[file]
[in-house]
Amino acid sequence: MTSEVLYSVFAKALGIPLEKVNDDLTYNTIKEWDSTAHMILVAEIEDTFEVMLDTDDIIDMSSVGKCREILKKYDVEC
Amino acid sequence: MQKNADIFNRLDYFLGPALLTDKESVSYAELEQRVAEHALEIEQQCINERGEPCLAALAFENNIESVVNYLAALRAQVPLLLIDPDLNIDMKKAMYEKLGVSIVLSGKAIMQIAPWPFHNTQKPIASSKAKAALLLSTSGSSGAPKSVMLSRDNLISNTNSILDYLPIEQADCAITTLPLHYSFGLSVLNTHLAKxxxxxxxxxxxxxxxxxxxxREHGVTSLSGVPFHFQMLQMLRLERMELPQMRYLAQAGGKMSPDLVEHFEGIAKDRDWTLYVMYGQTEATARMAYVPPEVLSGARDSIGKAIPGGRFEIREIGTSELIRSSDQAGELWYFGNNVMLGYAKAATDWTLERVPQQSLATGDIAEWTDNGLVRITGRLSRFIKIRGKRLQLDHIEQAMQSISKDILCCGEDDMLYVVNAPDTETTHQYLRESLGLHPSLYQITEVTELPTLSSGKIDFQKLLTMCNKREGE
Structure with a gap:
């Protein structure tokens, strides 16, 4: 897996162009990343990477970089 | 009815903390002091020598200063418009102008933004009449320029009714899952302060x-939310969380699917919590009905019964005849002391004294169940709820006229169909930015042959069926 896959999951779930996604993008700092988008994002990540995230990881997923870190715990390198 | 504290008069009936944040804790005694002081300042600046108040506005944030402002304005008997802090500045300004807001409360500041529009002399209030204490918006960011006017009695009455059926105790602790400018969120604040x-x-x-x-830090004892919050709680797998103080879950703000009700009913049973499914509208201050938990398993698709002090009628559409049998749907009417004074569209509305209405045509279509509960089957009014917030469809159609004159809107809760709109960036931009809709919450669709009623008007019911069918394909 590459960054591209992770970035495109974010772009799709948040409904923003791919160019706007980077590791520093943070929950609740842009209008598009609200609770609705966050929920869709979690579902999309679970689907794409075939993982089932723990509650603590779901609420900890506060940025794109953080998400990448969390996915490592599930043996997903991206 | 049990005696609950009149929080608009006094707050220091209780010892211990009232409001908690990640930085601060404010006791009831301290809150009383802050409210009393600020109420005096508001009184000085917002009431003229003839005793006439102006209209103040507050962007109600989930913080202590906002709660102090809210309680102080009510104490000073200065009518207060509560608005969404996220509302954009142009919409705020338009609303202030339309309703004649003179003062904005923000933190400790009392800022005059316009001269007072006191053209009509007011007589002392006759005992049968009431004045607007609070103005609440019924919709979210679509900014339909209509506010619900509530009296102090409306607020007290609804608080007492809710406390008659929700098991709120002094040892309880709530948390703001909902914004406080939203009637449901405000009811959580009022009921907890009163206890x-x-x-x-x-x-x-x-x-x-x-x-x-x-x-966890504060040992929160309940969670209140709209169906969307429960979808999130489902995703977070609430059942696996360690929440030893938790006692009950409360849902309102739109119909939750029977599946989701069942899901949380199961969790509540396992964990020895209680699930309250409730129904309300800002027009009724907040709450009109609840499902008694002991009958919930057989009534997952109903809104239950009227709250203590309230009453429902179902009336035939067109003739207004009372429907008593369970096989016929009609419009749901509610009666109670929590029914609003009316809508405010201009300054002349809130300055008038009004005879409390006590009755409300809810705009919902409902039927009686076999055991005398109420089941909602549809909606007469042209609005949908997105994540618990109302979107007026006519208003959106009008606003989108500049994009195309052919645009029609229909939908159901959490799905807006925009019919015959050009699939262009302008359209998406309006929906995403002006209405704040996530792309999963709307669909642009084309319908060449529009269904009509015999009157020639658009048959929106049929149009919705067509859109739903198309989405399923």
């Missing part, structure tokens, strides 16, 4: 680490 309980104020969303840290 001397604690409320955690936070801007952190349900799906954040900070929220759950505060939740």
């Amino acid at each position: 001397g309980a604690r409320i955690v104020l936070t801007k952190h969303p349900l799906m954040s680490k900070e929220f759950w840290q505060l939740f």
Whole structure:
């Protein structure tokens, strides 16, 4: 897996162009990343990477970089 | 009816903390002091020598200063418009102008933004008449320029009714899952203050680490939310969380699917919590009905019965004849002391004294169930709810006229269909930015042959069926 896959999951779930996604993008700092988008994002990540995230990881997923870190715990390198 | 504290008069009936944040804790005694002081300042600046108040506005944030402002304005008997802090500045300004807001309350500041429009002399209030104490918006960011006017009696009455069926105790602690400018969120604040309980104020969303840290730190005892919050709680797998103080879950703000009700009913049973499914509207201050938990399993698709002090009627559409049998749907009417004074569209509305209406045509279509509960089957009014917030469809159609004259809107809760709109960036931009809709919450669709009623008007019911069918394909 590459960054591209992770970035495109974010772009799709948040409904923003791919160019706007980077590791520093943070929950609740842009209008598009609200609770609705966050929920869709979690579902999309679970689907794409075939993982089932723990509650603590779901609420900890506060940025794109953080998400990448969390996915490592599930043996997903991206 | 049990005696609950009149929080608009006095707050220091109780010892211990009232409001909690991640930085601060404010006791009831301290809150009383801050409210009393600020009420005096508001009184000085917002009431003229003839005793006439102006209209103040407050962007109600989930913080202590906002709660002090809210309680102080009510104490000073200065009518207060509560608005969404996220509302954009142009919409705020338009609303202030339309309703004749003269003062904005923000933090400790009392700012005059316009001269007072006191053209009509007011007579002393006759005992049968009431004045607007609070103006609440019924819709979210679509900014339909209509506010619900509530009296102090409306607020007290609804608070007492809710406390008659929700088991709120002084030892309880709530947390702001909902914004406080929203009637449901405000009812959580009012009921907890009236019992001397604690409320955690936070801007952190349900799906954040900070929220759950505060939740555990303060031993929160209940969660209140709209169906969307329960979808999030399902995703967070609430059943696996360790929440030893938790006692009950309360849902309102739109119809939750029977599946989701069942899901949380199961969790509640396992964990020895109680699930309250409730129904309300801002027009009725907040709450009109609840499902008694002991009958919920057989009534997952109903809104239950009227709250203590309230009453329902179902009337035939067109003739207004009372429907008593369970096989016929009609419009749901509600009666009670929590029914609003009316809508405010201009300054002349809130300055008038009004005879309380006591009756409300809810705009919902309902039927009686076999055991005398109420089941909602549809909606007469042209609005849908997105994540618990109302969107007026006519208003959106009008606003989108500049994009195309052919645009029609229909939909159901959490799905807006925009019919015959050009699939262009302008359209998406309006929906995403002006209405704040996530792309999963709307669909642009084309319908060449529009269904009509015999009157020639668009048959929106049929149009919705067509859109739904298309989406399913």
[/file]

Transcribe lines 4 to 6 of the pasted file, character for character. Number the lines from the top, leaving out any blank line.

Structure with a gap:
């Protein structure tokens, strides 16, 4: 897996162009990343990477970089 | 009815903390002091020598200063418009102008933004009449320029009714899952302060x-939310969380699917919590009905019964005849002391004294169940709820006229169909930015042959069926 896959999951779930996604993008700092988008994002990540995230990881997923870190715990390198 | 504290008069009936944040804790005694002081300042600046108040506005944030402002304005008997802090500045300004807001409360500041529009002399209030204490918006960011006017009695009455059926105790602790400018969120604040x-x-x-x-830090004892919050709680797998103080879950703000009700009913049973499914509208201050938990398993698709002090009628559409049998749907009417004074569209509305209405045509279509509960089957009014917030469809159609004159809107809760709109960036931009809709919450669709009623008007019911069918394909 590459960054591209992770970035495109974010772009799709948040409904923003791919160019706007980077590791520093943070929950609740842009209008598009609200609770609705966050929920869709979690579902999309679970689907794409075939993982089932723990509650603590779901609420900890506060940025794109953080998400990448969390996915490592599930043996997903991206 | 049990005696609950009149929080608009006094707050220091209780010892211990009232409001908690990640930085601060404010006791009831301290809150009383802050409210009393600020109420005096508001009184000085917002009431003229003839005793006439102006209209103040507050962007109600989930913080202590906002709660102090809210309680102080009510104490000073200065009518207060509560608005969404996220509302954009142009919409705020338009609303202030339309309703004649003179003062904005923000933190400790009392800022005059316009001269007072006191053209009509007011007589002392006759005992049968009431004045607007609070103005609440019924919709979210679509900014339909209509506010619900509530009296102090409306607020007290609804608080007492809710406390008659929700098991709120002094040892309880709530948390703001909902914004406080939203009637449901405000009811959580009022009921907890009163206890x-x-x-x-x-x-x-x-x-x-x-x-x-x-x-966890504060040992929160309940969670209140709209169906969307429960979808999130489902995703977070609430059942696996360690929440030893938790006692009950409360849902309102739109119909939750029977599946989701069942899901949380199961969790509540396992964990020895209680699930309250409730129904309300800002027009009724907040709450009109609840499902008694002991009958919930057989009534997952109903809104239950009227709250203590309230009453429902179902009336035939067109003739207004009372429907008593369970096989016929009609419009749901509610009666109670929590029914609003009316809508405010201009300054002349809130300055008038009004005879409390006590009755409300809810705009919902409902039927009686076999055991005398109420089941909602549809909606007469042209609005949908997105994540618990109302979107007026006519208003959106009008606003989108500049994009195309052919645009029609229909939908159901959490799905807006925009019919015959050009699939262009302008359209998406309006929906995403002006209405704040996530792309999963709307669909642009084309319908060449529009269904009509015999009157020639658009048959929106049929149009919705067509859109739903198309989405399923």
């Missing part, structure tokens, strides 16, 4: 680490 309980104020969303840290 001397604690409320955690936070801007952190349900799906954040900070929220759950505060939740």